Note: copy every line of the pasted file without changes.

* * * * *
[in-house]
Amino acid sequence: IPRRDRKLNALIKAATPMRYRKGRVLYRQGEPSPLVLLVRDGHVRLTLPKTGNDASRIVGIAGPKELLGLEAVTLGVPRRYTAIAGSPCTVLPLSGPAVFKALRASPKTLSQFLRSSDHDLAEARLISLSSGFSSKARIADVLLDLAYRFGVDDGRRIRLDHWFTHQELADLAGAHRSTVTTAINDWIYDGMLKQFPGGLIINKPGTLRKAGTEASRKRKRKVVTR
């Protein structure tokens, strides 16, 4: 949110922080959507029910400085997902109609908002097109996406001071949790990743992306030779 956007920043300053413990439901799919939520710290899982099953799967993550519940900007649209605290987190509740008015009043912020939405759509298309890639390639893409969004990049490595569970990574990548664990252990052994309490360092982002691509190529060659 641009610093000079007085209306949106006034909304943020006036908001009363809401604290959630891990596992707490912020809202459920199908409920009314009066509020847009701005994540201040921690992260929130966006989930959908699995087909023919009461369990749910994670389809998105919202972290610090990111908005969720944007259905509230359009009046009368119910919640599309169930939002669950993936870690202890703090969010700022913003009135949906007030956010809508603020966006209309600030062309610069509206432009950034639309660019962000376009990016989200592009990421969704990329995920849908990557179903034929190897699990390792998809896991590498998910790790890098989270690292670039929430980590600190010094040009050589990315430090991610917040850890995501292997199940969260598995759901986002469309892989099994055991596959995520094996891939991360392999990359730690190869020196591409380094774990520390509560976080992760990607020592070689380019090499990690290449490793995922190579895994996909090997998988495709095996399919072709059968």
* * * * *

[in-house]
Amino acid sequence: IPRRDRKLNALIKAATPMRYRKGRVLYRQGEPSPLVLLVRDGHVRLTLPKTGNDASRIVGIAGPKELLGLEAVTLGVPRRYTAIAGSPCTVLPLSGPAVFKALRASPKTLSQFLRSSDHDLAEARLISLSSGFSSKARIADVLLDLAYRFGVDDGRRIRLDHWFTHQELADLAGAHRSTVTTAINDWIYDGMLKQFPGGLIINKPGTLRKAGTEASRKRKRKVVTR
């Protein structure tokens, strides 16, 4: 949110922080959507029910400085997902109609908002097109996406001071949790990743992306030779 956007920043300053413990439901799919939520710290899982099953799967993550519940900007649209605290987190509740008015009043912020939405759509298309890639390639893409969004990049490595569970990574990548664990252990052994309490360092982002691509190529060659 641009610093000079007085209306949106006034909304943020006036908001009363809401604290959630891990596992707490912020809202459920199908409920009314009066509020847009701005994540201040921690992260929130966006989930959908699995087909023919009461369990749910994670389809998105919202972290610090990111908005969720944007259905509230359009009046009368119910919640599309169930939002669950993936870690202890703090969010700022913003009135949906007030956010809508603020966006209309600030062309610069509206432009950034639309660019962000376009990016989200592009990421969704990329995920849908990557179903034929190897699990390792998809896991590498998910790790890098989270690292670039929430980590600190010094040009050589990315430090991610917040850890995501292997199940969260598995759901986002469309892989099994055991596959995520094996891939991360392999990359730690190869020196591409380094774990520390509560976080992760990607020592070689380019090499990690290449490793995922190579895994996909090997998988495709095996399919072709059968």